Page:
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To what extent was the second Reform Act passed to "extinguish Gladstone and co"?

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To what extent was the second reform act passed to ?extinguish Gladstone and co? The motivation behind the passing of the 1867 reform act by the Conservative party is often an area of historical debate. Throughout the period from 1865-67, Disraeli?s nature of opportunism and aims of humiliating Gladstone whilst benefiting the Conservative party never really altered, if anything these aims grew easier to achieve with the failure of the 1866 Liberal bill and the death of Palmerston in 1865. The issue of extinguishing ?Gladstone and co? would very much involve the collapse of the liberal party or at worst for the Conservatives, the humiliation of Gladstone. Most certainly the passing of the 1867 reform bill humiliated the liberals incredibly, but was the reform bill passed to achieve this? Historians such as Alderman argue that ?Disraeli?s attitude during the reform crisis was purely opportunistic in order to greatly benefit the Conservative party ?and of course Disraeli himself. To truly measure whether Disraeli wanted to ?extinguish Gladstone and co?, we must look at the details of the reform bill itself, but most importantly consider the other factors that may have played a significant role in the passing of the reform bill. ...read more.


It?s most certainly true that Disraeli during this period acted on opportunism as the Liberals were so badly split the opportunity of siding with the Adullamites was there to be taken, and in no manner did Disraeli plan to ?extinguish Gladstone and co? in this period. However, it cannot be overlooked that Disraeli may have had this motive but not through the period of parliamentary reform, Disraeli was in fact much more interested in gaining political power for the Conservatives. The public pressure aspect can be seen as minimal in the passing of the reform act. The key points being that the replacement of Russell by Derby in 1866 was followed by an increase in public interest and pressure in the form of demonstrations and meetings. In July disturbances occurred at the famous Hyde Park, during the course of which a 1,400 yard stretch of railings was pulled down and destroyed. This was less violent than the events in Bristol and Nottingham in 1831. But, as with the First reform act, the threat of violence has been seen as a significant factor in forcing the pace of history, essentially history was repeating itself. Trevelyan agrees, referring to the solidarity between the middle and the working classes which characterized the agitation in the country over which bright presided in the autumn. ...read more.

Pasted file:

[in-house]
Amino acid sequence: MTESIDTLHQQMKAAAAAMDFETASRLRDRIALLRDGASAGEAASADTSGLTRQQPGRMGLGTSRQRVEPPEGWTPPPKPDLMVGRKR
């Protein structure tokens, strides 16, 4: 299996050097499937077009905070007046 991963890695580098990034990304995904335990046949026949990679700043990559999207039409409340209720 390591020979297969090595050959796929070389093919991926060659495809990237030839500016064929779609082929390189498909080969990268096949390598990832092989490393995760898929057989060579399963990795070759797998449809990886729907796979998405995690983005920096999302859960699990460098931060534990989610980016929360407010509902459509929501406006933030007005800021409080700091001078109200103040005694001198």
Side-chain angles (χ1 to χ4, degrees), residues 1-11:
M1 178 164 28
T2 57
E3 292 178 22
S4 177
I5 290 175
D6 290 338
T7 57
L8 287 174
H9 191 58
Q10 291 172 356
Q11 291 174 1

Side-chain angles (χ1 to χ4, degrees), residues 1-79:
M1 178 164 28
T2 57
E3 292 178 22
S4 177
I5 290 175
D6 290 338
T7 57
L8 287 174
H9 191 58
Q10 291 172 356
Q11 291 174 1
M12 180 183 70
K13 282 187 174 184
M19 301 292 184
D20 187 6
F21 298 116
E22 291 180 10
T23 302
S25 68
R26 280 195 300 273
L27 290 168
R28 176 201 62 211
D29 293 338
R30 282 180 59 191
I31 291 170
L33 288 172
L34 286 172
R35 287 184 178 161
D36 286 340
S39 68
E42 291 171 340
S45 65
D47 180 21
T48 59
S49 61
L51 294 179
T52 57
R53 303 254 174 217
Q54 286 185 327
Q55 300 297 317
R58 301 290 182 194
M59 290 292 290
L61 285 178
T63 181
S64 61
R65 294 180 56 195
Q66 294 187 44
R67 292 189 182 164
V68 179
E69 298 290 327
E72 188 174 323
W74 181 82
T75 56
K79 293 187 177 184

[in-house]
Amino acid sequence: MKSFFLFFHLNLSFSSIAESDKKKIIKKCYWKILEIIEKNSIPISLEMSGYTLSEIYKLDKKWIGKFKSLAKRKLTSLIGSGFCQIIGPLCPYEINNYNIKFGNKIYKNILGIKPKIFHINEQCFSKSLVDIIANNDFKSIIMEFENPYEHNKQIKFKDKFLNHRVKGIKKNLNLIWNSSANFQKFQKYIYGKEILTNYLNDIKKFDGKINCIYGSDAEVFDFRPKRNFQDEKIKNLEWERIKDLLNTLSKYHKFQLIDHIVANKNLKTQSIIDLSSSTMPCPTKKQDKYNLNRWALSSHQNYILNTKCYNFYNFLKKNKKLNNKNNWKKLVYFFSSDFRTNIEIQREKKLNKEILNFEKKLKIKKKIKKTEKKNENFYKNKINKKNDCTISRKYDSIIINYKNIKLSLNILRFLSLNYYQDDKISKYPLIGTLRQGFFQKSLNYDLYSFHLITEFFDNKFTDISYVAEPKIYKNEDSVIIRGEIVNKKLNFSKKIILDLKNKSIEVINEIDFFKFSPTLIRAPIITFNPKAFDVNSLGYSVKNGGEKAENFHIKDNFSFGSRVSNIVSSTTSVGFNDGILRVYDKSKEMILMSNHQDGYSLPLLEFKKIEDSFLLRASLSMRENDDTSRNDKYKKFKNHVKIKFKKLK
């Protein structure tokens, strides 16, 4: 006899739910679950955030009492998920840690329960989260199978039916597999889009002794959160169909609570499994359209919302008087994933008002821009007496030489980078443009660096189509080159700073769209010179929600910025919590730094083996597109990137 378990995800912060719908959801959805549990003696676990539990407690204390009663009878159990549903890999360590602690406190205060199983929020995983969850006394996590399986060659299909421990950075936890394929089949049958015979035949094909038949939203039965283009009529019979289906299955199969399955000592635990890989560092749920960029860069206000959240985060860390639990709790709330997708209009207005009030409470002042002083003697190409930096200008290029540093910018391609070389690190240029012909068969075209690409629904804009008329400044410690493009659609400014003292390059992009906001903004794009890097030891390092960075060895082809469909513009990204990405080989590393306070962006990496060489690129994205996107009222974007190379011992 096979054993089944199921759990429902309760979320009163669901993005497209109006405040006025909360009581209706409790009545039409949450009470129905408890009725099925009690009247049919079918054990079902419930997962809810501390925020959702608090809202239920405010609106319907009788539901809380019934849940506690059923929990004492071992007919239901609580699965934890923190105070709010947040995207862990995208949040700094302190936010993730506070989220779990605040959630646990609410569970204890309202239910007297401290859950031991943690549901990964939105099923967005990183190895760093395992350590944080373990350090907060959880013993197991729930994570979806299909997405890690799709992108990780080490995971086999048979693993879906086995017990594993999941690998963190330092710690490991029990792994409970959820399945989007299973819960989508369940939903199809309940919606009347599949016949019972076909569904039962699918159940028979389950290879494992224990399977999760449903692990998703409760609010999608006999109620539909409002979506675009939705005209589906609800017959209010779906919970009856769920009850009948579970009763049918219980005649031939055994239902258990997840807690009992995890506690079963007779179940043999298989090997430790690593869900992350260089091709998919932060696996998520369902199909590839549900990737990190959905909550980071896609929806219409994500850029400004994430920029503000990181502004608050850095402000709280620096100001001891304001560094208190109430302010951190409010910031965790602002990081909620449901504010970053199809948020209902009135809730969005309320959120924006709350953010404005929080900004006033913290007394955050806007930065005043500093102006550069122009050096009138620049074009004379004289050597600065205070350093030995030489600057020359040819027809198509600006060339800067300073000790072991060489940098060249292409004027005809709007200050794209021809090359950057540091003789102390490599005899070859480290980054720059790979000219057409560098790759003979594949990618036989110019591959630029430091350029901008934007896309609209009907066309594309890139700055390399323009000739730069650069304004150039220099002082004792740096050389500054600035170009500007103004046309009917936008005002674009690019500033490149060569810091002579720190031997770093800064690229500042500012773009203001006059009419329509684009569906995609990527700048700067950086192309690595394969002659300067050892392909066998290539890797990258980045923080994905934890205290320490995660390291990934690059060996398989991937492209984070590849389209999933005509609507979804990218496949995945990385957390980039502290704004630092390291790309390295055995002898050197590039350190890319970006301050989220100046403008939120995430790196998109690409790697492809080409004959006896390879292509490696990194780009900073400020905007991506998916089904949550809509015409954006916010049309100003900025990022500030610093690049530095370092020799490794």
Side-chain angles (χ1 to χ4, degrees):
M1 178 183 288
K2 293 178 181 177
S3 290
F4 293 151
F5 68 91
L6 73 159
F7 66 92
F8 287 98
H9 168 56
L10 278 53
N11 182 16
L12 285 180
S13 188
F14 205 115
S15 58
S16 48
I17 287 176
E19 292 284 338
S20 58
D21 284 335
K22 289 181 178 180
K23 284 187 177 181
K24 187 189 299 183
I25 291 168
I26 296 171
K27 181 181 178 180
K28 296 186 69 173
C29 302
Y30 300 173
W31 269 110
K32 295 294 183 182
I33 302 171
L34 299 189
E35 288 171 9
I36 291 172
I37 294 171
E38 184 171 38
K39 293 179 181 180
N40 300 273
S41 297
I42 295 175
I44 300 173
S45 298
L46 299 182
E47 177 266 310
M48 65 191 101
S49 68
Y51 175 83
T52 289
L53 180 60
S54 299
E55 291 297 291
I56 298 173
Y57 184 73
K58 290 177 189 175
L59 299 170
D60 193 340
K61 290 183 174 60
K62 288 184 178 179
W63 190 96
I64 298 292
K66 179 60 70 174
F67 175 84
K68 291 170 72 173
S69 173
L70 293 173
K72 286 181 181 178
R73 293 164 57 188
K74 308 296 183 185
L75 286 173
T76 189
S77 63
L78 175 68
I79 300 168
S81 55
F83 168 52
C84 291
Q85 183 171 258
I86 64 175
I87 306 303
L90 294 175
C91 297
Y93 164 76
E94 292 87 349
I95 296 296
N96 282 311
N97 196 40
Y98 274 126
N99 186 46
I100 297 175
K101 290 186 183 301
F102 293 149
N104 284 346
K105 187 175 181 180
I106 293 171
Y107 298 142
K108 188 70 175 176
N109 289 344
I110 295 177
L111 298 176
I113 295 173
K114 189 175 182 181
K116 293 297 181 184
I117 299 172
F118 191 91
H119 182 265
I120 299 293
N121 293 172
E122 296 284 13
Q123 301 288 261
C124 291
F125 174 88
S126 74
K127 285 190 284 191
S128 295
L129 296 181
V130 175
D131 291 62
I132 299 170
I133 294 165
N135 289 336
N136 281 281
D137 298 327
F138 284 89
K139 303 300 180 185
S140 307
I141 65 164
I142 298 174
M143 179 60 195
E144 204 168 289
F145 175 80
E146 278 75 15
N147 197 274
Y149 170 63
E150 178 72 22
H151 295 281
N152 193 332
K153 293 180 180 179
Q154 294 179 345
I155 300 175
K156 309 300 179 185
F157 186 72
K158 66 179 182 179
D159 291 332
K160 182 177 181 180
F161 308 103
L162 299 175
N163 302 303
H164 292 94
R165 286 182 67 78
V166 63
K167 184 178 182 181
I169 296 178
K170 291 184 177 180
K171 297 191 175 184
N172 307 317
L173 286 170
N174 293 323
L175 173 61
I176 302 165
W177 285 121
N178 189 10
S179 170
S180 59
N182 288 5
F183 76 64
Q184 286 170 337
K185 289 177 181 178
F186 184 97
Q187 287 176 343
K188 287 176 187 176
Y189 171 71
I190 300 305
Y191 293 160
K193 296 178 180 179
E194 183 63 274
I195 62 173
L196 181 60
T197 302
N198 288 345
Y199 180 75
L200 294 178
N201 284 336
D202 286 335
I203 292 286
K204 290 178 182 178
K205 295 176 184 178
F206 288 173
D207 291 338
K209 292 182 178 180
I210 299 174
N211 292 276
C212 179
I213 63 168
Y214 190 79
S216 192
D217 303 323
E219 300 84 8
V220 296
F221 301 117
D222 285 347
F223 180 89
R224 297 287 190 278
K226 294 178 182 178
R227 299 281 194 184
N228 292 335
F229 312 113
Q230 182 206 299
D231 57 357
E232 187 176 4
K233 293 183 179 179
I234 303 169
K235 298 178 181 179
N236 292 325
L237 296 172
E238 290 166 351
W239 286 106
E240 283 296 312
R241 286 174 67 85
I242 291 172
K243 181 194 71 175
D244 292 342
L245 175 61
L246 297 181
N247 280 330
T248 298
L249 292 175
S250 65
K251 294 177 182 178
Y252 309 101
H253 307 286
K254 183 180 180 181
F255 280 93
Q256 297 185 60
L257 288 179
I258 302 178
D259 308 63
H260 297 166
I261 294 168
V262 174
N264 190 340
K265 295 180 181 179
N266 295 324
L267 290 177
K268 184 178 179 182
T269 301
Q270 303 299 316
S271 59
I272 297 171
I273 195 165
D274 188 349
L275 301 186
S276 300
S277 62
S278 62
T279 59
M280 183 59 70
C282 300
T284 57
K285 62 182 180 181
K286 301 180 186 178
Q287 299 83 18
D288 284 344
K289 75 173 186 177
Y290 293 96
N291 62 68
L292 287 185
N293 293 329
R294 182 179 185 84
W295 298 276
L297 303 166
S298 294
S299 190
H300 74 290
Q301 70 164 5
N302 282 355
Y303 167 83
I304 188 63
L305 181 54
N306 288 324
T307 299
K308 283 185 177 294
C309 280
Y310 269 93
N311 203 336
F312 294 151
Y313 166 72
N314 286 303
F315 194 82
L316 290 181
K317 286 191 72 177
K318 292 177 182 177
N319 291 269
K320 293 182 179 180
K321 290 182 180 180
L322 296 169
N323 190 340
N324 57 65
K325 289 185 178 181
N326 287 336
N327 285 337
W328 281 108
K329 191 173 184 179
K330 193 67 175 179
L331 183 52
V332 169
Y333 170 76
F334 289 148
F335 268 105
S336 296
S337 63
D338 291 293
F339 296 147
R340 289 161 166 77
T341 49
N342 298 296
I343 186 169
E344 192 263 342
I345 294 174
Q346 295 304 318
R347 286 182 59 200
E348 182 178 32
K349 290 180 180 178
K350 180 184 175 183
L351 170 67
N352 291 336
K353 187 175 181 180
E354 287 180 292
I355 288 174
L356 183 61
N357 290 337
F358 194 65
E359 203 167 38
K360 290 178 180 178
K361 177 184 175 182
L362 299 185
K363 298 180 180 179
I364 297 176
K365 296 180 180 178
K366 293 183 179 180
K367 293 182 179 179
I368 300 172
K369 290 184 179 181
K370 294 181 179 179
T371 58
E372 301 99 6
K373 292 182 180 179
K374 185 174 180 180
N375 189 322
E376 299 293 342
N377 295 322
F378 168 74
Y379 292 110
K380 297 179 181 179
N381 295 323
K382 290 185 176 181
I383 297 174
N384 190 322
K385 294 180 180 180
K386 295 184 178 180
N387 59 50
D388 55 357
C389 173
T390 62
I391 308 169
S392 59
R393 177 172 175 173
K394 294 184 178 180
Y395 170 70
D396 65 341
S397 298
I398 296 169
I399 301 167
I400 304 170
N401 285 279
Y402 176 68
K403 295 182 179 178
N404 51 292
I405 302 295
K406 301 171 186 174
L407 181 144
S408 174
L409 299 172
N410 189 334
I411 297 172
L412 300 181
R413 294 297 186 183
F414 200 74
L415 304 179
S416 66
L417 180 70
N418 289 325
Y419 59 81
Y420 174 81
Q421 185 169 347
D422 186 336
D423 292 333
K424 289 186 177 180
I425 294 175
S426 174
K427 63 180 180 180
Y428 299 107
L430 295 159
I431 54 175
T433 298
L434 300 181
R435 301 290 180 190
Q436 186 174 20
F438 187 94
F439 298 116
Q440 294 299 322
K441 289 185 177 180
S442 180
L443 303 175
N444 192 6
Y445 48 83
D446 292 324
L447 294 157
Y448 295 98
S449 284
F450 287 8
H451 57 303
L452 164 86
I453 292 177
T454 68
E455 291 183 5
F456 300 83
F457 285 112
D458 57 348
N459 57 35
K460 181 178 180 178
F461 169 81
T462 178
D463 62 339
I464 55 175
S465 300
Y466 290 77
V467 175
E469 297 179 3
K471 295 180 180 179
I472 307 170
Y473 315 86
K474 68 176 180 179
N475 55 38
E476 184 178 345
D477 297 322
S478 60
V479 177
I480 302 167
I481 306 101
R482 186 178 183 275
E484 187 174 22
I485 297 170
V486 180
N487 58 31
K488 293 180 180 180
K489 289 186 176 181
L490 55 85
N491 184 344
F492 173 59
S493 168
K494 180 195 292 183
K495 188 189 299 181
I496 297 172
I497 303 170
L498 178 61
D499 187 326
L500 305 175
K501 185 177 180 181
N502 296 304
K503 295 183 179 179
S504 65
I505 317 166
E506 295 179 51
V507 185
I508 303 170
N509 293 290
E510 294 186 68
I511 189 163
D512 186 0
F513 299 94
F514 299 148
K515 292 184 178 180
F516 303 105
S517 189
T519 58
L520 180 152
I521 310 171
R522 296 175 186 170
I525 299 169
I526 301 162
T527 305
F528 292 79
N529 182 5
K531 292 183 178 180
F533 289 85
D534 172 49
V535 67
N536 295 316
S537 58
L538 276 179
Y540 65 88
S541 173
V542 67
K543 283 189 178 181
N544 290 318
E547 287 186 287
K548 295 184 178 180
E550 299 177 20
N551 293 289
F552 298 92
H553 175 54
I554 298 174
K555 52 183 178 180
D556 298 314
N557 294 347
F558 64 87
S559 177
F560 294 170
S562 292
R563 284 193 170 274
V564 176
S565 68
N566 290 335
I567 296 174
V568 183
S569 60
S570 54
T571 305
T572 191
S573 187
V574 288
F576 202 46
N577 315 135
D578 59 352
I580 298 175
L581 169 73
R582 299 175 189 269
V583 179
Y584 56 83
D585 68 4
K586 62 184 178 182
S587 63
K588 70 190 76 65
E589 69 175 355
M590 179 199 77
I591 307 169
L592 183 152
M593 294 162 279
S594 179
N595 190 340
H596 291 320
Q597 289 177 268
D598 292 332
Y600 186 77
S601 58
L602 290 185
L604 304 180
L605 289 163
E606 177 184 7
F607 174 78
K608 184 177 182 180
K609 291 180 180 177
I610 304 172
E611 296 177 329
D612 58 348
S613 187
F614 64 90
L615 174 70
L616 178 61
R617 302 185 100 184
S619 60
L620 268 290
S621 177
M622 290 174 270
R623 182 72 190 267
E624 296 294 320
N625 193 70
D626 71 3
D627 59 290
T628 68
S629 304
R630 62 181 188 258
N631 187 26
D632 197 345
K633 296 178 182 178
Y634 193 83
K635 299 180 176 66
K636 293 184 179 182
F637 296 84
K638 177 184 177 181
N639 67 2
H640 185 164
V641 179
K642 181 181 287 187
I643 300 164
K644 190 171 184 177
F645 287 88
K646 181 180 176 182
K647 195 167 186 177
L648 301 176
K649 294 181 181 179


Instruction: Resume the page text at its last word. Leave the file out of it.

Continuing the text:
In some aspects Walton is correct but the key fundamental point is missed. Granted the population rise was minor, but it still was a underlying ?background? issue that needed solving. Disraeli may not have passed the act due to this rise in inhabitants but it certainly put reform on alert and arguably was a catalyst for Disraeli wanting political and party gain. Overall, although there were several factors that arguably played a part, the strong desire to substantially benefit the Conservatives after being out of power for 20 years reflect the reason for Disraeli passing the 1867 parliamentary reform act. The drive for power was essentially always on Disraeli?s mind, if exploiting the liberals meant a chance of power, it was a certainty Disraeli would do what was necessary. Fundamentally, Disraeli ended up humiliating the liberals, not out of pure desire, but as an extra bonus for wanting to achieve power. Although, Seaman argues that ?Disraeli wasn?t in a desperate hurry for power?, however this is absolutely untrue. Disraeli unremarkably wanted power, hence the siding with the Adullamites. Had Disraeli not wanted power, he wouldn?t of taken a momentous risk of not only passing the bill in 1867, but more intriguingly actually making the bill extremely radical enough to gain support from most of the electorate. It is clear that Disraeli had only one aim in mind: to gain a majority government with his party. ...read more.

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